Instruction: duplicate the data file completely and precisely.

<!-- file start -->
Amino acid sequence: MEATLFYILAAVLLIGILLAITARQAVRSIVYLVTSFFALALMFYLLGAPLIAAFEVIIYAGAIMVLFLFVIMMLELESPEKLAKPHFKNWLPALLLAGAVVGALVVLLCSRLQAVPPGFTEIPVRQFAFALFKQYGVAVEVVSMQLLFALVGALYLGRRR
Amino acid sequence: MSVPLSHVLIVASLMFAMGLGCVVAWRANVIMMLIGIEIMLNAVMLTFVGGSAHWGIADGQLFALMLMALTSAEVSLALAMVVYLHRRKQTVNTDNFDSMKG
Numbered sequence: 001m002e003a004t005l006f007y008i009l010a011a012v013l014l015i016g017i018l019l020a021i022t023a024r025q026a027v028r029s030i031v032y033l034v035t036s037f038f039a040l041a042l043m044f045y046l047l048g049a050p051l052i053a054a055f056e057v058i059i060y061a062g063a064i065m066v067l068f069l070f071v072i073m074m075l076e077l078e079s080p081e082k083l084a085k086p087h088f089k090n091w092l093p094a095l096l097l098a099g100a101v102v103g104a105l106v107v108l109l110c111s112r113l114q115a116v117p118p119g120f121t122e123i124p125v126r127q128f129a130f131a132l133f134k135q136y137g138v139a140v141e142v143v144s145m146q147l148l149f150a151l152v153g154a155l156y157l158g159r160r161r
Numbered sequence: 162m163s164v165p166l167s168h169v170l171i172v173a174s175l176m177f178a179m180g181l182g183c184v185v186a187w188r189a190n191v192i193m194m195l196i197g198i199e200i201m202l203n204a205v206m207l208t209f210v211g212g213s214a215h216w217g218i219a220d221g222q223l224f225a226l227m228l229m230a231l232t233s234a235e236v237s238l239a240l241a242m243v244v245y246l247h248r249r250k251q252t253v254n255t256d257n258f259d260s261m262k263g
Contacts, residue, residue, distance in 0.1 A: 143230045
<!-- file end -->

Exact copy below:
Amino acid sequence: MEATLFYILAAVLLIGILLAITARQAVRSIVYLVTSFFALALMFYLLGAPLIAAFEVIIYAGAIMVLFLFVIMMLELESPEKLAKPHFKNWLPALLLAGAVVGALVVLLCSRLQAVPPGFTEIPVRQFAFALFKQYGVAVEVVSMQLLFALVGALYLGRRR
Amino acid sequence: MSVPLSHVLIVASLMFAMGLGCVVAWRANVIMMLIGIEIMLNAVMLTFVGGSAHWGIADGQLFALMLMALTSAEVSLALAMVVYLHRRKQTVNTDNFDSMKG
Numbered sequence: 001m002e003a004t005l006f007y008i009l010a011a012v013l014l015i016g017i018l019l020a021i022t023a024r025q026a027v028r029s030i031v032y033l034v035t036s037f038f039a040l041a042l043m044f045y046l047l048g049a050p051l052i053a054a055f056e057v058i059i060y061a062g063a064i065m066v067l068f069l070f071v072i073m074m075l076e077l078e079s080p081e082k083l084a085k086p087h088f089k090n091w092l093p094a095l096l097l098a099g100a101v102v103g104a105l106v107v108l109l110c111s112r113l114q115a116v117p118p119g120f121t122e123i124p125v126r127q128f129a130f131a132l133f134k135q136y137g138v139a140v141e142v143v144s145m146q147l148l149f150a151l152v153g154a155l156y157l158g159r160r161r
Numbered sequence: 162m163s164v165p166l167s168h169v170l171i172v173a174s175l176m177f178a179m180g181l182g183c184v185v186a187w188r189a190n191v192i193m194m195l196i197g198i199e200i201m202l203n204a205v206m207l208t209f210v211g212g213s214a215h216w217g218i219a220d221g222q223l224f225a226l227m228l229m230a231l232t233s234a235e236v237s238l239a240l241a242m243v244v245y246l247h248r249r250k251q252t253v254n255t256d257n258f259d260s261m262k263g
Contacts, residue, residue, distance in 0.1 A: 143230045